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What is Biomass Energy? 

The paper and wood products industry is part of a circular value chain that prides itself on sustainable practices. We’re a crucial part of the climate solution.

One of the ways we’re doing that is through the production of carbon beneficial and renewable biomass energy. Then we use that biomass energy to fuel our mills to displace the use of fossil fuels. 

Let’s dive into what biomass energy is and how our industry uses it in manufacturing.

What is Biomass Energy?

Different groups use a variety of definitions, some wider and some narrower. For our purposes, biomass is organic plant material from forests.

Biomass energy is when you can use that organic plant material from forests as fuel to create heat and power.

How is Biomass Energy Used by the Paper and Wood Products Industry?

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Leftover bark and sticks for biomass energy
We use biomass energy to replace fossil fuels

Our industry uses every part of the trees possible so that nothing goes to waste. For our industry, biomass energy comes from the leftover parts of the tree that could otherwise go to landfills. Things like branches, bark and chips.

We use biomass energy to replace fossil fuels when creating the heat and power needed to manufacture our products. The things you use every day like paper, packaging, tissue and wood products like the lumber in your house.

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Is the Paper Industry Cutting Down Trees for Biomass Energy?

No. We use the leftover parts of the tree that could otherwise go to landfills to create biomass energy. Things like bark, branches and liquid bioenergy extracted from wood chips while manufacturing pulp for paper products.

The paper and wood products industry then uses every part of the tree possible in our manufacturing process, so nothing goes to waste.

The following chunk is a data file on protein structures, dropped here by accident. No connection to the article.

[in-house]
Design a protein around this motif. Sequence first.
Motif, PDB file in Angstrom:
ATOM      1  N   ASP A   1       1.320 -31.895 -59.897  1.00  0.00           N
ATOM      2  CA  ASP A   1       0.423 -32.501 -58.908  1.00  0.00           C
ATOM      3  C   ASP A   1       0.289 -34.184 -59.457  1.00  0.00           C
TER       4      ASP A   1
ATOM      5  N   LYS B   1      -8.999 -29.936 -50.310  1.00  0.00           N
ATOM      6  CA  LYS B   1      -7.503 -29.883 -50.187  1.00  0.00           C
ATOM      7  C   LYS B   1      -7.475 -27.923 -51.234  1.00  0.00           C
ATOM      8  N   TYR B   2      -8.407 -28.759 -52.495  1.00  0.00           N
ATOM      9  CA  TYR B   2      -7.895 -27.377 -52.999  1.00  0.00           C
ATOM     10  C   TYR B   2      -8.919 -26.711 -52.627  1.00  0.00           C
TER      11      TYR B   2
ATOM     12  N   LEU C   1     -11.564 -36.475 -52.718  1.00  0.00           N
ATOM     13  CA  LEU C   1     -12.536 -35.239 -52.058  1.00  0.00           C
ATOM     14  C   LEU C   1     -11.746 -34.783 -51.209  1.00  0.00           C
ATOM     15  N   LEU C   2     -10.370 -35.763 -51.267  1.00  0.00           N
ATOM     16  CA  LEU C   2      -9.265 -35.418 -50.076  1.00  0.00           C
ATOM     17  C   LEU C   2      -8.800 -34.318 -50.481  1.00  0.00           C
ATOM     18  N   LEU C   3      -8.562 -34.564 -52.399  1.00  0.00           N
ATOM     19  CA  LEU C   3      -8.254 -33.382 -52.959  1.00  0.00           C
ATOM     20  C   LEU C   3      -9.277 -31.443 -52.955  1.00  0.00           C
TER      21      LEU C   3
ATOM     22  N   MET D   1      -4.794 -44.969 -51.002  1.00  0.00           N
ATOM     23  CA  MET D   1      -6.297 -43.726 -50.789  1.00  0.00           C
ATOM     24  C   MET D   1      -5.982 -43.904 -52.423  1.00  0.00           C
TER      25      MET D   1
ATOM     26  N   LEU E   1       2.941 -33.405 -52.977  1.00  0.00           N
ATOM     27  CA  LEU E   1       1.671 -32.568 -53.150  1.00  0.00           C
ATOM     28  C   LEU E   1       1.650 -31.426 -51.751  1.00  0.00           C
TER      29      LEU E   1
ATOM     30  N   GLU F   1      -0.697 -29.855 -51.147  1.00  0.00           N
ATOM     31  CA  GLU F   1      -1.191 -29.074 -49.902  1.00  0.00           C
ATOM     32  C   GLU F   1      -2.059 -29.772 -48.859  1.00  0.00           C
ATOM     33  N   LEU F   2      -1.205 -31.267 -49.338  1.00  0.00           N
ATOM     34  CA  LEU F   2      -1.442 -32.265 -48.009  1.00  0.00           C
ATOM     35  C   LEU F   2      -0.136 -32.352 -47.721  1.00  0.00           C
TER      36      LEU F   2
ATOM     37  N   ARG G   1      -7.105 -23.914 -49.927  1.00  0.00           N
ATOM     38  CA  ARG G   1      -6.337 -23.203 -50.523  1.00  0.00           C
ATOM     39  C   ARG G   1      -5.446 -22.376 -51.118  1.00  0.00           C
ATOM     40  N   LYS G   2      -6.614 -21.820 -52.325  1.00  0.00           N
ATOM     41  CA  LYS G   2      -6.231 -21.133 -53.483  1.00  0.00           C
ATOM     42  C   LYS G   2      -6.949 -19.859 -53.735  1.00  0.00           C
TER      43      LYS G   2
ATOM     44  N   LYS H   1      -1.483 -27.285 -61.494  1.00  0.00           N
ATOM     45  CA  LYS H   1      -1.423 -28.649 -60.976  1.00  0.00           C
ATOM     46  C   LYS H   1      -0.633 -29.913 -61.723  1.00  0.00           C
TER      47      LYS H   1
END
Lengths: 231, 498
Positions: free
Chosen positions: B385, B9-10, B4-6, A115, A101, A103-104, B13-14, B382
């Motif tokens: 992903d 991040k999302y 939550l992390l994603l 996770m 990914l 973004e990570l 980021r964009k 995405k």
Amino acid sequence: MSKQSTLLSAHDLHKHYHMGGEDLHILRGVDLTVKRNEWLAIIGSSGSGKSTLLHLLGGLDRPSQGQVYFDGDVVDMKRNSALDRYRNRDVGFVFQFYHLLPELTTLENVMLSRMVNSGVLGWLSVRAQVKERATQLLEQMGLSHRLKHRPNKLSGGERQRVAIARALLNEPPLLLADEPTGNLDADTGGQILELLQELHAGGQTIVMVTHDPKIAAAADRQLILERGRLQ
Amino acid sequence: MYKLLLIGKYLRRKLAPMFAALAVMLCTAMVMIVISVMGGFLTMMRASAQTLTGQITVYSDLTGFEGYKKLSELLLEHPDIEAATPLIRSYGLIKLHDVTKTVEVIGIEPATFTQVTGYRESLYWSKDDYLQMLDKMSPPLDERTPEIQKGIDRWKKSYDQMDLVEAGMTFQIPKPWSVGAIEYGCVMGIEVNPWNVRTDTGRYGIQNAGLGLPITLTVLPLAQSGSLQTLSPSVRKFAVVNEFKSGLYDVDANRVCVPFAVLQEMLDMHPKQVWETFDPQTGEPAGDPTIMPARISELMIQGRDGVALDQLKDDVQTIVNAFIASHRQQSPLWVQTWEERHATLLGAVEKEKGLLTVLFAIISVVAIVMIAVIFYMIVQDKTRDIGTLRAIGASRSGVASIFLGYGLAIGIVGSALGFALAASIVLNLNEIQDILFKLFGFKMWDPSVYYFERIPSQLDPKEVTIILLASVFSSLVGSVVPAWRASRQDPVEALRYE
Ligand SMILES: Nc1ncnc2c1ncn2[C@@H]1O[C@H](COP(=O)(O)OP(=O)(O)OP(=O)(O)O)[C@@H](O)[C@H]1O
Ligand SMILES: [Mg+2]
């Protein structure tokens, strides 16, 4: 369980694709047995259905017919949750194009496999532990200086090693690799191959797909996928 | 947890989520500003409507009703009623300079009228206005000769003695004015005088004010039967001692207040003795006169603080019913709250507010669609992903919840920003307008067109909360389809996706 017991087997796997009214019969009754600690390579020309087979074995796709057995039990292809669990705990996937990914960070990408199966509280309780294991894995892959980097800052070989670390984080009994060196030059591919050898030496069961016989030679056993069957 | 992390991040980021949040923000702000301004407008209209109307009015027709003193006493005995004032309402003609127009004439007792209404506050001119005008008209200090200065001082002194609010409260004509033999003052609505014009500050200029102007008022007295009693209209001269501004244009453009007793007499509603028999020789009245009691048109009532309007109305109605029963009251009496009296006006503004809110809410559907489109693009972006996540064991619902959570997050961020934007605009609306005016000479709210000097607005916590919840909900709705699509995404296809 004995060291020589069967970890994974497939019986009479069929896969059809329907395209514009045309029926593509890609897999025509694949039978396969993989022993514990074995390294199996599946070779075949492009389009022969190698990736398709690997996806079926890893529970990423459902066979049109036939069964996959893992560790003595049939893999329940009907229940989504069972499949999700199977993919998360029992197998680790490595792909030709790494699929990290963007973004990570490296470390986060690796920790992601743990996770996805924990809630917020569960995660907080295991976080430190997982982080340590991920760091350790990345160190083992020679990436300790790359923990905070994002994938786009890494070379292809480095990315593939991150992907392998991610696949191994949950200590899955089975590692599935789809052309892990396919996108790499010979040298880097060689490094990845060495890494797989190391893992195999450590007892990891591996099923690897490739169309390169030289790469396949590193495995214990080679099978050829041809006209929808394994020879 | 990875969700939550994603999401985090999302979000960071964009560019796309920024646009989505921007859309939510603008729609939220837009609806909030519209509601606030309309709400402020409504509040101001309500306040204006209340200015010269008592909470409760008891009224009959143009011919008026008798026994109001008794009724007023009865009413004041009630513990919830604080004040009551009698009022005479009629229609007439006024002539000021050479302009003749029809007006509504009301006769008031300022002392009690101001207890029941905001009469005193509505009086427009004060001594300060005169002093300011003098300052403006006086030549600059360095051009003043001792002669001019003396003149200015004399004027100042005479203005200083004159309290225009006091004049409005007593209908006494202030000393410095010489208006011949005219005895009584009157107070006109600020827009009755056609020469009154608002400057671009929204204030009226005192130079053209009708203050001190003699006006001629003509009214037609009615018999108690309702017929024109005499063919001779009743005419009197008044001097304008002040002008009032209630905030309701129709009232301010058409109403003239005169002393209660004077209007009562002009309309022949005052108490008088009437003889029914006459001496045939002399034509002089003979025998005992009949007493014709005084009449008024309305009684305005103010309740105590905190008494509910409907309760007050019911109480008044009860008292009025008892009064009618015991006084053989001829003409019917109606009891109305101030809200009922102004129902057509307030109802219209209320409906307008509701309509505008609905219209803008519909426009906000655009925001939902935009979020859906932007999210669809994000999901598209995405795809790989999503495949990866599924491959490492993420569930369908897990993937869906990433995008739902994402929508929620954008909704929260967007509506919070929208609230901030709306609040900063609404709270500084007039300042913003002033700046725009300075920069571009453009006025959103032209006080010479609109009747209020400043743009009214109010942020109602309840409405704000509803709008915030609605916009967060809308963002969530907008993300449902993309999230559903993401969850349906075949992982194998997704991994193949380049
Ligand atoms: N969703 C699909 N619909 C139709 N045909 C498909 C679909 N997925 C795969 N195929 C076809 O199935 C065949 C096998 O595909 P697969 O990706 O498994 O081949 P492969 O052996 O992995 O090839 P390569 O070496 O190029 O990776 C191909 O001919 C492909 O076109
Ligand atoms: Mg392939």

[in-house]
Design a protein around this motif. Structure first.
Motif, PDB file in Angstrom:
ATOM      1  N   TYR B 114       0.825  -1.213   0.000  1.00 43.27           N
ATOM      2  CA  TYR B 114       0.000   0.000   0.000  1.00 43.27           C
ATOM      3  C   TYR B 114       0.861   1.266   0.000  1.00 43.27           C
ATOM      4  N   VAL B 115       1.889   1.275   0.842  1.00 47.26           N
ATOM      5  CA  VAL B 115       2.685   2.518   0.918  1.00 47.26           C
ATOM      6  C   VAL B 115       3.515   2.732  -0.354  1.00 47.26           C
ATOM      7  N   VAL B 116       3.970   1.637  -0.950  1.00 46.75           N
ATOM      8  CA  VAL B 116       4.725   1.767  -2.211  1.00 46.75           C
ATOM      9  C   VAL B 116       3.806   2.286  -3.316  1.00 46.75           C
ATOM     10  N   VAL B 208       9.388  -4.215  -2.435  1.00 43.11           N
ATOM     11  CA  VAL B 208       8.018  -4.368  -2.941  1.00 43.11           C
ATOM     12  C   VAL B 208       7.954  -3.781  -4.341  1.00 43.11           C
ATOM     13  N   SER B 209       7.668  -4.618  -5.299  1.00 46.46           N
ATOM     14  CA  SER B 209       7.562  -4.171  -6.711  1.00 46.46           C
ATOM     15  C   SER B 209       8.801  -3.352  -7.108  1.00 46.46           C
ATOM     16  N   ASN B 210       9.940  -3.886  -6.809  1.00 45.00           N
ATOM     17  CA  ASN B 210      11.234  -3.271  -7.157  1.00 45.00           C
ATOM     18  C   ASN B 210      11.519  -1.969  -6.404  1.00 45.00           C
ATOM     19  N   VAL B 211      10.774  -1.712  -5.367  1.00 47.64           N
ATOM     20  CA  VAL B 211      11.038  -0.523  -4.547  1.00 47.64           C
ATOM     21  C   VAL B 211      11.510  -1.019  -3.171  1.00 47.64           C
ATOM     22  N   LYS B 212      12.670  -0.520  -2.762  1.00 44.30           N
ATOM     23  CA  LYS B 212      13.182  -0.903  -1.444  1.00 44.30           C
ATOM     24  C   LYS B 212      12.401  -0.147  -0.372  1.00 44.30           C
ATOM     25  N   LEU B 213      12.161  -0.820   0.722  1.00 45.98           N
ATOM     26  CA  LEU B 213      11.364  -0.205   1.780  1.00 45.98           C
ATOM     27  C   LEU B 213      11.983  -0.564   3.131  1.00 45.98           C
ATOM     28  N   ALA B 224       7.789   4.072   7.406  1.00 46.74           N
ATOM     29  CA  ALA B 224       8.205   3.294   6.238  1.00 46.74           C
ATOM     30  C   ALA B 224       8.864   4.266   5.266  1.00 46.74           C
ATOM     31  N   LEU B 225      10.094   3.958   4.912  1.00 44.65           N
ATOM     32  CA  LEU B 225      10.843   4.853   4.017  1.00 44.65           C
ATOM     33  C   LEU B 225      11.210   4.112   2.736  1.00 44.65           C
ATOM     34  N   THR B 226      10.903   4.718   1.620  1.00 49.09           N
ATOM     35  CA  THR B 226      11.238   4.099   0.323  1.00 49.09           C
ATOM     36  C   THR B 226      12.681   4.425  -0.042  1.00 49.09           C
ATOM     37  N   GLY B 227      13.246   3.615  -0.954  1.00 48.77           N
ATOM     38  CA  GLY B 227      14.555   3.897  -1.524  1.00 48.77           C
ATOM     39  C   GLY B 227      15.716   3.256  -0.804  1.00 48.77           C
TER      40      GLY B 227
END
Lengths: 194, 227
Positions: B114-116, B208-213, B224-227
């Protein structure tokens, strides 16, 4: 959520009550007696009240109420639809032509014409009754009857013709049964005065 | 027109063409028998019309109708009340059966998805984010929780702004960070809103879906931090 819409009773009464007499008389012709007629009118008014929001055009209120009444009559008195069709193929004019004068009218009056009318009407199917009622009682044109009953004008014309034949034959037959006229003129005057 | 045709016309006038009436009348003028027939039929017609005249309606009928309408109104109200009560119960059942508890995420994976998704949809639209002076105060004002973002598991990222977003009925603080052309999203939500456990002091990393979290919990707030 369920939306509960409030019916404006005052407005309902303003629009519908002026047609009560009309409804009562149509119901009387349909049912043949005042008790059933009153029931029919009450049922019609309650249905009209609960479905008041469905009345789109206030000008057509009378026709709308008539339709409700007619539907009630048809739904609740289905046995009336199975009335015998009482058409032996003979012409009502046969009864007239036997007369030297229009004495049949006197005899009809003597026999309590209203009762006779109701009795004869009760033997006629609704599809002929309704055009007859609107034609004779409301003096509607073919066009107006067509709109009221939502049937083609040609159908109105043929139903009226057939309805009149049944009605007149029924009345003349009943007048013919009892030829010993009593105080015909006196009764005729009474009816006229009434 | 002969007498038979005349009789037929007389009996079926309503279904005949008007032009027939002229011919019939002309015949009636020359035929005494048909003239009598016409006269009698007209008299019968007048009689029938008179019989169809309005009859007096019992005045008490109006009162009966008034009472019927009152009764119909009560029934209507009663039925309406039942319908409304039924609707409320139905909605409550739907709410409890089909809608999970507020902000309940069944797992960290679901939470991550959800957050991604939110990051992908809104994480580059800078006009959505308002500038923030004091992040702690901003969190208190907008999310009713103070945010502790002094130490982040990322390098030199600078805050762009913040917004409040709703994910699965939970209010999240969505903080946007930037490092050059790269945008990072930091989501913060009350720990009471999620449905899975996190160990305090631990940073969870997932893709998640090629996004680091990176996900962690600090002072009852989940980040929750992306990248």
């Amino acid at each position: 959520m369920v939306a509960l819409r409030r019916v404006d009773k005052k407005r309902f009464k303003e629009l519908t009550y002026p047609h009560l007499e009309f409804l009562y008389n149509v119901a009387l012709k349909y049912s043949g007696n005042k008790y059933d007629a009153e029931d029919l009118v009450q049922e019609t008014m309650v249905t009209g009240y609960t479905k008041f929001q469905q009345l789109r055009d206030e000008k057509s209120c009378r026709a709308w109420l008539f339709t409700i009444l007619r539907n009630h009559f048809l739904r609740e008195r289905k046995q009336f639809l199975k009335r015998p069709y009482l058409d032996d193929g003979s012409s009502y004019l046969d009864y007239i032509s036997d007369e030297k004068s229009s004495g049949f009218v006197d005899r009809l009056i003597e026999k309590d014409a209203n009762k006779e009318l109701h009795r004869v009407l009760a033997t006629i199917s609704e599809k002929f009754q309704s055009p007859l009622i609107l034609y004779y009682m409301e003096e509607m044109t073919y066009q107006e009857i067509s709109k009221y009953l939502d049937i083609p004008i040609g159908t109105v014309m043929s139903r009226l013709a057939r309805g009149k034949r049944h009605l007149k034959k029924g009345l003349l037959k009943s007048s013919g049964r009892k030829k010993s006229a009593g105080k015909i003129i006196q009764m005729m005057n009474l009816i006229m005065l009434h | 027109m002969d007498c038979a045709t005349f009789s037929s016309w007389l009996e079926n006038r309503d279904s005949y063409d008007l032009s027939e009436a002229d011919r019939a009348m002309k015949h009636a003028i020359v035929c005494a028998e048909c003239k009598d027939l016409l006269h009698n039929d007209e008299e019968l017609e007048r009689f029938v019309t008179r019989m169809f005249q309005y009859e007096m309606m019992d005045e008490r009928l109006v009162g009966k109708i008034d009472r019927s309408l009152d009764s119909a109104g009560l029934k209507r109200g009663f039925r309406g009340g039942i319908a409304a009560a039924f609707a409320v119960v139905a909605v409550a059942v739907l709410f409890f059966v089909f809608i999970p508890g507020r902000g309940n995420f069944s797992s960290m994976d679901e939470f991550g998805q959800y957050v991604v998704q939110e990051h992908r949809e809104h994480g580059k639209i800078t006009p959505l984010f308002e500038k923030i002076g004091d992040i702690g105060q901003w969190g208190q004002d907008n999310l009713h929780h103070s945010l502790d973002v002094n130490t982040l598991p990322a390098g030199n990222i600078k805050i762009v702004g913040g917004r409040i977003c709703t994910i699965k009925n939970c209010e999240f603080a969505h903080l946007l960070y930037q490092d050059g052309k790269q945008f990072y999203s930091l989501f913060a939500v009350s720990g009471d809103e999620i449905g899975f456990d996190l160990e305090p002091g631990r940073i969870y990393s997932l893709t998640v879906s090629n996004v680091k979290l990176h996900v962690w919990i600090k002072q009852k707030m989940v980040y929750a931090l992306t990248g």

From the log to create lumber and other wood products, to the leftover chips that are used in pulp and paper products.

The log goes on to create products like lumber, furniture, paper and packaging. Anything remaining is converted to biomass energy used to power the mills.

Where Does the Paper Industry Get Trees for Products?

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A person planting a pine tree sapling.
90%
of wood is sourced from private, sustainably managed working forests

The paper industry uses trees from healthy, managed working forests where harvesting of trees is permitted. We source our trees from two types of working forests:

  • Private Working Forests
  • Public Working Forests

The vast majority of our country’s working forests are on private land. These are owned by individuals, families, small and large businesses. Many of these forests have been in families for generations.

Trees on working forests are replanted and grown again while protecting the ecosystem of the forest. Careful harvesting and planting ensure there are forests for decades to come.

90% of the wood that is used to produce the essential paper and wood products that Americans use every day is sourced from private, sustainably managed working forests.

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Does the Paper Industry Cause Deforestation? 
 

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A confier forest
1/3
of the U.S. is forested, totaling 766 million acres

Our industry is a leader in promoting sustainable forest management. Forests in the U.S. are strong. In the U.S., more than 1 billion trees are planted each year. One-third of the nation is forested, totaling nearly 766 million acres.

Deforestation is the permanent conversion of forests to other uses like new housing developments or agriculture. Harvesting is the removal of trees, but it is not the permanent conversion of a forest.

As a condition of membership, AF&PA members commit to sustainable forest management and sourcing wood from responsibly managed working forests.